William: Rust has quite a steep learning curve as well, but the data plane is isolated from a lot of what people want to do, so I think overall we’re probably in better shape for accepting contributions with Conduit than we are with Linkerd. Besides, that coveted First PR Accepted award is still out there, waiting for just the right person…

Editor’s note: we accepted the first community PR on Dec 22. Thanks, FaKod!

In playing around with Conduit this weekend I was a little confused by the Proxy Status UI. Can you explain what that represents and how it’s intended to be used?

William: It represents the pods in the deployment, and which ones have the Conduit project injected (green) vs which ones don’t (grey). In that screenshot you’ve captured a deployment in the middle of rolling a conduit inject, I suspect. So you have a halfway state. There are definitely a couple of things we can do to make this more clear, but that’s the goal at least.

Kevin Lingerfelt: Also, just last week we added hover states for the circles in that column, to help explain what they mean. will be in the 0.1.1 release.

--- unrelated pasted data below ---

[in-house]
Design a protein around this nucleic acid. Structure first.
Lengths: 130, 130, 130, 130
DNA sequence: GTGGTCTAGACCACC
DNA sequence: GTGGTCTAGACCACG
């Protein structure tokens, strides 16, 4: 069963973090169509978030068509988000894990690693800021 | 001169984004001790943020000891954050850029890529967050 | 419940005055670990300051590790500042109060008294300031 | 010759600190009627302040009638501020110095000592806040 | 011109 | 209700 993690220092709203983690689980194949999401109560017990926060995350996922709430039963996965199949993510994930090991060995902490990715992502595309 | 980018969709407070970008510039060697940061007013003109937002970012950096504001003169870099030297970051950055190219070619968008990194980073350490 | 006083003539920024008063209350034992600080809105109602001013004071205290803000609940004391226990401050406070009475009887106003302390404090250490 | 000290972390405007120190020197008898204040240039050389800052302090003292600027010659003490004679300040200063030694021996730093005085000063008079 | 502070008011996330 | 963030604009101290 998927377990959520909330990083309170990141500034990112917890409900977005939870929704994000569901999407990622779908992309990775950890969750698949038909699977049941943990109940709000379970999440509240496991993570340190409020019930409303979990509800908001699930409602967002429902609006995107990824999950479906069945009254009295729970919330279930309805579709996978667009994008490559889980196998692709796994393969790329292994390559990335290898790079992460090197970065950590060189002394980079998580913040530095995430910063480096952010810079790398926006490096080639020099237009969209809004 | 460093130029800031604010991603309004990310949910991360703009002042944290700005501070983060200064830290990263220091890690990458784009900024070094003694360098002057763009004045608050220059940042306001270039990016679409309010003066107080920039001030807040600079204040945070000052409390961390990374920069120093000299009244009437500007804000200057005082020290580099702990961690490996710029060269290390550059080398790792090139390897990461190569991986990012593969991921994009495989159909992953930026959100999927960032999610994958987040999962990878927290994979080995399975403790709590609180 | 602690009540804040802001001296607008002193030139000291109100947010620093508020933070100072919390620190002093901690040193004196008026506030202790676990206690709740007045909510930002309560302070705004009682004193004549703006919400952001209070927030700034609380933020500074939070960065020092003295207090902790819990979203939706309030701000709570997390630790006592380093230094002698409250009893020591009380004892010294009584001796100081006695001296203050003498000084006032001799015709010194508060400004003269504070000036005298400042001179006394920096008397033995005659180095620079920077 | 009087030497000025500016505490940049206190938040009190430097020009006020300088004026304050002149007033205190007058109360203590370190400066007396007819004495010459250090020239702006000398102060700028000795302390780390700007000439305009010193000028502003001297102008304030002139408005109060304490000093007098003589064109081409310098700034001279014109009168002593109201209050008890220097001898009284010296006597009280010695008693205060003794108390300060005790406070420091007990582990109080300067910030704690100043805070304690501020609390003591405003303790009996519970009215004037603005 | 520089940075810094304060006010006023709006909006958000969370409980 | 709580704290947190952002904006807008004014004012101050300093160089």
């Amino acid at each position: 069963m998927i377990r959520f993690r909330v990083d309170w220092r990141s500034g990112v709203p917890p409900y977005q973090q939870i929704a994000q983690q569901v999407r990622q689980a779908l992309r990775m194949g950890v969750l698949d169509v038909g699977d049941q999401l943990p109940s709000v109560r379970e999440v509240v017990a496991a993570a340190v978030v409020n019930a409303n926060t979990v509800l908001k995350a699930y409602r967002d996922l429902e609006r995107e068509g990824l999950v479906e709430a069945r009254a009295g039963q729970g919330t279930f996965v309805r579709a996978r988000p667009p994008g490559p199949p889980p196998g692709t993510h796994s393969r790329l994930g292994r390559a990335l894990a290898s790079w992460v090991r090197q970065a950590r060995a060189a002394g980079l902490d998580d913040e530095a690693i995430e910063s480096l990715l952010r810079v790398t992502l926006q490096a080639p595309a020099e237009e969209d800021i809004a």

William: Like that ^. We’re also not capturing when pods are in a Terminating state right now. When we add that, we can make the transition states for a deployment even more obvious.

As a non-Rust developer interested in getting involved it’s not clear how to get started, what the best dev cycle is. So a getting started doc might be helpful?

William: For sure. that’s on our short-term todo list. And you may not actually have to learn Rust to contribute… in fact, I’m hoping that you don’t have to learn Rust to contribute except for a very particular set of features.

Oliver: Yeah, totally. The controller APIs are still settling, but those will become the place to help build out better features.

What should we expect to see around the release pace for Conduit? Linkerd has been getting released about every 2 weeks. Same for Conduit? More? Less?

William: I don’t know if we’ll stick to exactly 2 weeks, though I like that pace. We definitely have some aggressive goals around getting ready for prod usage as rapidly as possible with a minimal feature set, and like Oliver said above, we’re aiming to do that by early next year. One of the other things that makes our lives a bit easier vs Linkerd is that the Conduit control plane will be configurable via gRPC plugins. This means a) we can ship with a minimal feature set since everything will be very customizable; and b) that user plugins don’t have to run in the data plane.

Try Conduit today. Hopefully the transcript answers some of the questions you’ve had about Conduit. If it doesn’t, pop into the #conduit channel on the Linkerd Slack group to chat with us directly. Open issues or submit PR’s directly via Github. And if you want to work with us, we’re hiring!